9:30am PT by Lesley Goldberg
Kyle Killen Inks Broadcast-Only Overall Deal With Fox
Kyle Killen is returning to his former stomping grounds.
The former Lone Star creator has signed a broadcast-only overall deal with Fox Entertainment. Under the pact, Killen will develop scripted series for the independent broadcast network via his Chapter Eleven production banner fronted by Scott Pennington.
"I have had the pleasure of working with Kyle on a number of series over the past decade," said Fox Entertainment president Michael Thorn. "He is an incredible talent and that rare voice who is able to write in any genre that interests him. As Fox Entertainment continues to pursue its handcrafted approach to development, I know working closely with Kyle, along with Scott and Keith Redmon at Anonymous Content, will result in the creation of distinctive programming for viewers."
The news comes a decade after Killen's critically adored Fox drama Lone Star was canceled after a then-stunning two episodes. His credits include network dramas Mind Games and Awake. He's currently co-showrunner on Showtime's video game adaptation Halo, which is in production in Europe. Sources told THR last March that the decision to bring in a second showrunner (Steven Kane, The Last Ship) came directly from Killen, who wanted to focus on the big-budget project's stateside production — including writing and producing — as he sought a partner who was able to spend the better part of a year in Budapest during physical production on Halo. Killen is expected to be on set but not full-time. Showtime, in announcing the series pickup a few years ago, called Halo its "most ambitious series ever."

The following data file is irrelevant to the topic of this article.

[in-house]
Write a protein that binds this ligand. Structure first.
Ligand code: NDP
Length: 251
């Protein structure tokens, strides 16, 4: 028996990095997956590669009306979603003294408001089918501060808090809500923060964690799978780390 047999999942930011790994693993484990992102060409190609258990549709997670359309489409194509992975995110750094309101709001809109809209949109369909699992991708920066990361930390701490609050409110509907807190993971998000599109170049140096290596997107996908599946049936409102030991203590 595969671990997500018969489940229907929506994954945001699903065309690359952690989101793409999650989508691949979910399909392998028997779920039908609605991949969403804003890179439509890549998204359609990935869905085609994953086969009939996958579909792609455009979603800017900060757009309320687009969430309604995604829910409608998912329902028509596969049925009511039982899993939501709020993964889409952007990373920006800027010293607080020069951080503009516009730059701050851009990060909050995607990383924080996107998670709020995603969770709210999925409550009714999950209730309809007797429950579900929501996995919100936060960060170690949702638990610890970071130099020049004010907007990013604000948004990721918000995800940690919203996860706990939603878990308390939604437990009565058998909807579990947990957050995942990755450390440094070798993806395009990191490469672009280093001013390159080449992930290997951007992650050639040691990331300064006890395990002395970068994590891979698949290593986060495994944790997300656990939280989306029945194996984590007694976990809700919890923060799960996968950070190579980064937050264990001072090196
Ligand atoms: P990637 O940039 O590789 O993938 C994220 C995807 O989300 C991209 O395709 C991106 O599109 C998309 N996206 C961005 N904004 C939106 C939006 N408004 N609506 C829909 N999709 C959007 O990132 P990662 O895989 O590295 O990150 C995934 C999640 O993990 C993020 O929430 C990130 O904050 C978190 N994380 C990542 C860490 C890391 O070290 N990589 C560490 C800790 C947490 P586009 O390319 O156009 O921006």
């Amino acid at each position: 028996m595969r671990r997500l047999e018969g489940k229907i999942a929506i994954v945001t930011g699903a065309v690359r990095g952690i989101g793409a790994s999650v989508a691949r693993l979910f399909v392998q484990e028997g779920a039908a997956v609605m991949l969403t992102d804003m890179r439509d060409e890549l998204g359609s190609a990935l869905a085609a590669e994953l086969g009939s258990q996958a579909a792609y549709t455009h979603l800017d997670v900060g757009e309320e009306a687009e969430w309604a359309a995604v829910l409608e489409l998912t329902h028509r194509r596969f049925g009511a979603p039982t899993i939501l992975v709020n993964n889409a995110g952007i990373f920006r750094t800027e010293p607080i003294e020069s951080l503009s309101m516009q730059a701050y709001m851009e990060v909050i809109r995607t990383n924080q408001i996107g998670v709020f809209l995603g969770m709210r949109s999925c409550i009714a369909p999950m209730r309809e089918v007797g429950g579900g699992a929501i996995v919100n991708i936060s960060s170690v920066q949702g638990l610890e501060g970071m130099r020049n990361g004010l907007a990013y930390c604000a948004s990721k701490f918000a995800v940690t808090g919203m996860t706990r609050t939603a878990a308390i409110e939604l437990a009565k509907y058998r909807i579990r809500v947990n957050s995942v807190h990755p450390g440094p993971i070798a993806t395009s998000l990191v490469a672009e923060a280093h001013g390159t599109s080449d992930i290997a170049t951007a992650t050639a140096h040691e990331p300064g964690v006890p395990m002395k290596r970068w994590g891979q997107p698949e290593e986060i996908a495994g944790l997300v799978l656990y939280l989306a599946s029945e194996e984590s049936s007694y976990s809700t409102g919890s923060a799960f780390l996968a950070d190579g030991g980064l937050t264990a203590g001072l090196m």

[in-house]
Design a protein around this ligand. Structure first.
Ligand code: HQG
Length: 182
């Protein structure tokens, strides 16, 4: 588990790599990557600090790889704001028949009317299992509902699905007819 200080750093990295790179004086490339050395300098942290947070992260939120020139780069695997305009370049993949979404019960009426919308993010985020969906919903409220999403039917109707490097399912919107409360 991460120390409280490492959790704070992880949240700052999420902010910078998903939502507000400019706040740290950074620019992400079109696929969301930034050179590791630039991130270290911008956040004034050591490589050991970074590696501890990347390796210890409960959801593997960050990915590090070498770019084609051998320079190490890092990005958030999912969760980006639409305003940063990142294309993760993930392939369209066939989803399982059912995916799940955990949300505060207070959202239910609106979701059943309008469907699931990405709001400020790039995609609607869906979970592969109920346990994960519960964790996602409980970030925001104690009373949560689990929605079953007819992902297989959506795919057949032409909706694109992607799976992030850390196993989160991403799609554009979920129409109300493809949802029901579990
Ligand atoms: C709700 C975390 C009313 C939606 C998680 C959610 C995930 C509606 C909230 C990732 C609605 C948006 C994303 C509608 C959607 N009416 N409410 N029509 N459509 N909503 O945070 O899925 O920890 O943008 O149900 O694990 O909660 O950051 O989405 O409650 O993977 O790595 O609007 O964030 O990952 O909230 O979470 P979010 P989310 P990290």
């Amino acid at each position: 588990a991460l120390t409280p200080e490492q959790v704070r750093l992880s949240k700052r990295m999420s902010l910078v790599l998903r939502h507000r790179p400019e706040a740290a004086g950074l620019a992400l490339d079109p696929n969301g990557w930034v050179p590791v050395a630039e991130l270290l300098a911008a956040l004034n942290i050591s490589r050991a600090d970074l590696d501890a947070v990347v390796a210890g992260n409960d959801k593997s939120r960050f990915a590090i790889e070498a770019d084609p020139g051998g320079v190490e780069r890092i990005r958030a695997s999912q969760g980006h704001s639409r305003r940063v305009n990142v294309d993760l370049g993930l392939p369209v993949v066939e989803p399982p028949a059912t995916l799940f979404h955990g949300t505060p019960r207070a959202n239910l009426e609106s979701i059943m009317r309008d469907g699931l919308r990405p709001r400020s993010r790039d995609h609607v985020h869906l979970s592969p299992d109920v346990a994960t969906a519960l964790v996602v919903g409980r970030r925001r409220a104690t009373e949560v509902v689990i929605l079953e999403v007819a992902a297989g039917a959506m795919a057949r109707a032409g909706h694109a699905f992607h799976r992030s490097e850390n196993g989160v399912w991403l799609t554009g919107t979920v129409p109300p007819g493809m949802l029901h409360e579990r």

"Some of my favorite experiences in television have come from working with Michael, so the opportunity to collaborate with him and the talented team he's assembled at Fox was a no-brainer for us," Killen said.
Broadcast-only overall deals are becoming increasingly popular in the Peak TV era where proven showrunners are in high demand. Fox, for its part, has signed other broadcast-only overalls — as with Jeff Davis (Teen Wolf) — as the network begins to restock its roster of creatives after its studio counterpart was sold off to Disney last year.